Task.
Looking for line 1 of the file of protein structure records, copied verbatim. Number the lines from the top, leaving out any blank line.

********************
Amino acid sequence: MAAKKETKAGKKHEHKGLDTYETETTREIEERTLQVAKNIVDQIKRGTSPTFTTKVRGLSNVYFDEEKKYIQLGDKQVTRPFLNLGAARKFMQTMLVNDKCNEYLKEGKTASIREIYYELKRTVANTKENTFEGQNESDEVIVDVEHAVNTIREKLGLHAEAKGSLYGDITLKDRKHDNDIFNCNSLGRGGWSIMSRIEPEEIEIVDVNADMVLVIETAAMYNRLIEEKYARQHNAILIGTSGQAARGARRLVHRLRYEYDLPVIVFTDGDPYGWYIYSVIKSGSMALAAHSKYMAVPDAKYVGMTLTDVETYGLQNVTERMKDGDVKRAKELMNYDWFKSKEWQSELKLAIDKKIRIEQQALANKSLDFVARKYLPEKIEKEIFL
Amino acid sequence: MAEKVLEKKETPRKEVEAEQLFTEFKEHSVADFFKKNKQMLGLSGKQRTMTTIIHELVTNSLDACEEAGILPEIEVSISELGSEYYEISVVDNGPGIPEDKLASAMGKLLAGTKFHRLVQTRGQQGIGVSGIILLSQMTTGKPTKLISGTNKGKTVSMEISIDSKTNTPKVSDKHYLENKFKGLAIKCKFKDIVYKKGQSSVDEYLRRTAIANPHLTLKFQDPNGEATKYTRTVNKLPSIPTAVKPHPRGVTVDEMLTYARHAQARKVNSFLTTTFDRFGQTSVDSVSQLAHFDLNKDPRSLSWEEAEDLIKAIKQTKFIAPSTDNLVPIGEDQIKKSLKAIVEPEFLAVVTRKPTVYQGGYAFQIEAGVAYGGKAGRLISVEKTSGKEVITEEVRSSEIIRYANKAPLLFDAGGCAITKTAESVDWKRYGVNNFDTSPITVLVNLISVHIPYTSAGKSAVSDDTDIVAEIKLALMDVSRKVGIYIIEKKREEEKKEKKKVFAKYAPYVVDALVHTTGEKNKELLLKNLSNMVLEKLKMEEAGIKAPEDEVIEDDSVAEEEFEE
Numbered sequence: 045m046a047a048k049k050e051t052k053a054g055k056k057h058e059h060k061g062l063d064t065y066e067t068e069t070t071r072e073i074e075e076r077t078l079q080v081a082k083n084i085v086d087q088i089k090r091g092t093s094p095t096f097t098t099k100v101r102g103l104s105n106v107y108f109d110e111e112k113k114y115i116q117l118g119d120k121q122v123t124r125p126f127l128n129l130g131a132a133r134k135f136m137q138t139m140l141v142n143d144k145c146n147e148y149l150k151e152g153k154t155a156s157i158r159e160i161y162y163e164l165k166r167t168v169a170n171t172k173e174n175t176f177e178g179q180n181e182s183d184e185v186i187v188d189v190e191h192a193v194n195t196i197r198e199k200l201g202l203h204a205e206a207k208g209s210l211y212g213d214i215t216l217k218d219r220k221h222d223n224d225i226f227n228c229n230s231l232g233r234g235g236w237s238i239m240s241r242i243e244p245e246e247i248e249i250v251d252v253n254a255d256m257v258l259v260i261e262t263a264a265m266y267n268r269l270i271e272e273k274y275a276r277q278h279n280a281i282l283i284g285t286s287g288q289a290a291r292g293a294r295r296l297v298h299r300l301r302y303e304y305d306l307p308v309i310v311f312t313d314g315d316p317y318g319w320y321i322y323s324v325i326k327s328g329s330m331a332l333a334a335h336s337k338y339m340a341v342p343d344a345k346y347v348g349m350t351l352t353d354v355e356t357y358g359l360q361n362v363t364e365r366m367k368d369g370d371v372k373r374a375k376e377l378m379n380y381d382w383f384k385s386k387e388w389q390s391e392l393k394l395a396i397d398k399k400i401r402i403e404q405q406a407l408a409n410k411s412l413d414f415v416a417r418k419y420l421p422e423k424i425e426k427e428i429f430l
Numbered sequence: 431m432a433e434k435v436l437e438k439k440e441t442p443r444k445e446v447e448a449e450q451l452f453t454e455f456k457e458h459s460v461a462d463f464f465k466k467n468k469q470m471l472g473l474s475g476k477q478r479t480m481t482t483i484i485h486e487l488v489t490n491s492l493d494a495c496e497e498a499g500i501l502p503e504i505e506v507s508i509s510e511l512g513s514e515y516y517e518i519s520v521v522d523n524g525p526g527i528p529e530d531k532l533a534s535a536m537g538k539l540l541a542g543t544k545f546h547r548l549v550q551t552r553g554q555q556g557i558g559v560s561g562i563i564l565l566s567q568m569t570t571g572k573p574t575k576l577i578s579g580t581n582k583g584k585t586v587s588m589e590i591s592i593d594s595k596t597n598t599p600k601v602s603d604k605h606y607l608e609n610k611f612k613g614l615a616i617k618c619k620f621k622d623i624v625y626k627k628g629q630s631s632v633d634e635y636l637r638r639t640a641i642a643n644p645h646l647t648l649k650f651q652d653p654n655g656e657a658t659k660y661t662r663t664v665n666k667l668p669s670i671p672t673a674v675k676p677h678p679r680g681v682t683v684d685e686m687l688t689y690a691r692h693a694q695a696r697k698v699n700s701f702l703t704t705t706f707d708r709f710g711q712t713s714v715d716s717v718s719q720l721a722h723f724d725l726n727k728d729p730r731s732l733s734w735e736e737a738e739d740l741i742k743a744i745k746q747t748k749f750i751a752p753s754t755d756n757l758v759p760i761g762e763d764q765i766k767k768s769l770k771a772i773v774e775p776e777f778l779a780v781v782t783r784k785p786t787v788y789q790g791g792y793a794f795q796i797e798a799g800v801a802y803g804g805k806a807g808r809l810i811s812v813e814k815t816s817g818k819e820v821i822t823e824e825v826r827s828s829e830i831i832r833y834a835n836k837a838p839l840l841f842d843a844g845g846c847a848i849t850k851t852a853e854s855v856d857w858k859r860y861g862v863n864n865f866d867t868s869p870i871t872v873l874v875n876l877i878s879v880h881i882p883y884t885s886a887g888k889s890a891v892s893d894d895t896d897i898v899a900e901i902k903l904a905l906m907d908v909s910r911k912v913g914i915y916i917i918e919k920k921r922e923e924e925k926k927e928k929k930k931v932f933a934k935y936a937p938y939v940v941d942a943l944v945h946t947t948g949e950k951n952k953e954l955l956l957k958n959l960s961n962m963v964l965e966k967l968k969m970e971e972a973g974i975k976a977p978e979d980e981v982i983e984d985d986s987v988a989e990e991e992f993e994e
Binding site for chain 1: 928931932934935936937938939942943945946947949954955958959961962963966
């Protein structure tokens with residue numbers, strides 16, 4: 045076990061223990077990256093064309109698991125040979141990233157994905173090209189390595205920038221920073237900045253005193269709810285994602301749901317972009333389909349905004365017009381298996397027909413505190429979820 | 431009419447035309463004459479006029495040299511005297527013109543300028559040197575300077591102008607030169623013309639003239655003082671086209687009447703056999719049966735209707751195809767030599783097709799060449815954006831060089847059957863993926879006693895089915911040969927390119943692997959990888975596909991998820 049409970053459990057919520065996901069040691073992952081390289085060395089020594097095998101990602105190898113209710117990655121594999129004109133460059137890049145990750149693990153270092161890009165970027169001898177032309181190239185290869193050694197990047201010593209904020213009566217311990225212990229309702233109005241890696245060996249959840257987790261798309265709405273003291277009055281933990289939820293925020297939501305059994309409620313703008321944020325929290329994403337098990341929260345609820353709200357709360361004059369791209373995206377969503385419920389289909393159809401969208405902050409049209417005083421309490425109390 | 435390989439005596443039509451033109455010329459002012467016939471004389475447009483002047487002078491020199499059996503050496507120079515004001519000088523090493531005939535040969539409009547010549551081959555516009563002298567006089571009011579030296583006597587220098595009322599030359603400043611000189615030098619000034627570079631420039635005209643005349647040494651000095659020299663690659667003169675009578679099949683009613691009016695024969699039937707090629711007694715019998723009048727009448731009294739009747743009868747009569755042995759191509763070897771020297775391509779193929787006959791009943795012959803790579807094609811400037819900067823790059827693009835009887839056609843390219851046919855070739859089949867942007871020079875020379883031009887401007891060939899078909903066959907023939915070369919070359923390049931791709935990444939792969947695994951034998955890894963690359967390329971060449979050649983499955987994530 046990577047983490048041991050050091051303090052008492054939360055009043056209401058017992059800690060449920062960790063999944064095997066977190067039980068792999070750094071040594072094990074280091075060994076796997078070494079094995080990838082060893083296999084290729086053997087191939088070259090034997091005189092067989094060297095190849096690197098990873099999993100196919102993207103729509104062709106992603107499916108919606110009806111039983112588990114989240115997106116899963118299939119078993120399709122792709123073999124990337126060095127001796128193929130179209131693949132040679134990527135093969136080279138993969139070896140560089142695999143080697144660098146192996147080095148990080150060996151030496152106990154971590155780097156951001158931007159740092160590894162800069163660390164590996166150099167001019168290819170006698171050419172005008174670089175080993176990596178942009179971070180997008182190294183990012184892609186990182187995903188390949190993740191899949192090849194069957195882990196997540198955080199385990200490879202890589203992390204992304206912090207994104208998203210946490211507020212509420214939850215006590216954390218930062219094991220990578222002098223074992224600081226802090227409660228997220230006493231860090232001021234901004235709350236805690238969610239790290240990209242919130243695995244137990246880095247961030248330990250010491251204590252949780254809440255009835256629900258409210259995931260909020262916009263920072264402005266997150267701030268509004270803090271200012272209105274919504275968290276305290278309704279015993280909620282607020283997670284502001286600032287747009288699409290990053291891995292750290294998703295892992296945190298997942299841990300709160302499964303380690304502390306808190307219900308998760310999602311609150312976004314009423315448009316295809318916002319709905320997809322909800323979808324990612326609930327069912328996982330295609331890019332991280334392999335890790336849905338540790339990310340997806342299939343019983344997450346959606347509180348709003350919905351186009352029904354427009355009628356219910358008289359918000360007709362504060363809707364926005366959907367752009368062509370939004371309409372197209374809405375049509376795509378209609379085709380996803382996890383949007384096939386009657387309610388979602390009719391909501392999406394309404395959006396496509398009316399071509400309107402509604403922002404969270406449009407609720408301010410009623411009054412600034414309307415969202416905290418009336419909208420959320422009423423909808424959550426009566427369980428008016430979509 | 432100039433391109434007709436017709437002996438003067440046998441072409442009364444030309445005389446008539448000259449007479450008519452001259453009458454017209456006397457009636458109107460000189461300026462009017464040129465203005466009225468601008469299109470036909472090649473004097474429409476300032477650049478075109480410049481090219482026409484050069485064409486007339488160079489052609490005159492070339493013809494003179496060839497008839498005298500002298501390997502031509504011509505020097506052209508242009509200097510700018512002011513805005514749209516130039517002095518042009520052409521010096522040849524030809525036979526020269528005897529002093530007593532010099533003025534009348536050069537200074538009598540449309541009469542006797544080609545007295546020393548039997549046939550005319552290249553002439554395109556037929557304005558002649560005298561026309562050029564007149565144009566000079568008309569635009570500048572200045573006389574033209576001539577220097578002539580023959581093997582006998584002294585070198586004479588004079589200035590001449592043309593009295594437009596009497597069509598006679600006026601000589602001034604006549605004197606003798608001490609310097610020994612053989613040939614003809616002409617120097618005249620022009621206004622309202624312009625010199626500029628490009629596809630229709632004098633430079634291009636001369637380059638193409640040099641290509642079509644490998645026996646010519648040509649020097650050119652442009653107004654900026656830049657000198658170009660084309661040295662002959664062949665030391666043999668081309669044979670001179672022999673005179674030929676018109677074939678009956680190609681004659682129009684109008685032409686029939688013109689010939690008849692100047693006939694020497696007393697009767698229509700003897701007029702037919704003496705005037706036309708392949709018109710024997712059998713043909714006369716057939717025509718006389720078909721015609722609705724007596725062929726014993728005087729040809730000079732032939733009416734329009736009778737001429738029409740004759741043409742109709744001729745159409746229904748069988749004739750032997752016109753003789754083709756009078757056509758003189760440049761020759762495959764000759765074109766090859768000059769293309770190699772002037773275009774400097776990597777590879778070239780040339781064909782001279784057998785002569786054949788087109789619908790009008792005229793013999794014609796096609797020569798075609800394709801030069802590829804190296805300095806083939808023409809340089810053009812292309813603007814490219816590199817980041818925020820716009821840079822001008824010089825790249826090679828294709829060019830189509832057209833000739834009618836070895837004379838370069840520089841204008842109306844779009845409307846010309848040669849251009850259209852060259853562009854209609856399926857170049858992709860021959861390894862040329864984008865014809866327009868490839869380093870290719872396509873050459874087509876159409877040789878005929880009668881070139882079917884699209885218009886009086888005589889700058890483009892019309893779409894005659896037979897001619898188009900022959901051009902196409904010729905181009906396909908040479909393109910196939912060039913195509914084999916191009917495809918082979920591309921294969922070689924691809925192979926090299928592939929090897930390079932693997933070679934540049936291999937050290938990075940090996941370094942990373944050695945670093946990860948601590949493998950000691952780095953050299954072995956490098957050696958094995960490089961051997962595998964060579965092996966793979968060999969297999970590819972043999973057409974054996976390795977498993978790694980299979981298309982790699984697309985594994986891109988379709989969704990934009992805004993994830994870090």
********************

Amino acid sequence: MAAKKETKAGKKHEHKGLDTYETETTREIEERTLQVAKNIVDQIKRGTSPTFTTKVRGLSNVYFDEEKKYIQLGDKQVTRPFLNLGAARKFMQTMLVNDKCNEYLKEGKTASIREIYYELKRTVANTKENTFEGQNESDEVIVDVEHAVNTIREKLGLHAEAKGSLYGDITLKDRKHDNDIFNCNSLGRGGWSIMSRIEPEEIEIVDVNADMVLVIETAAMYNRLIEEKYARQHNAILIGTSGQAARGARRLVHRLRYEYDLPVIVFTDGDPYGWYIYSVIKSGSMALAAHSKYMAVPDAKYVGMTLTDVETYGLQNVTERMKDGDVKRAKELMNYDWFKSKEWQSELKLAIDKKIRIEQQALANKSLDFVARKYLPEKIEKEIFL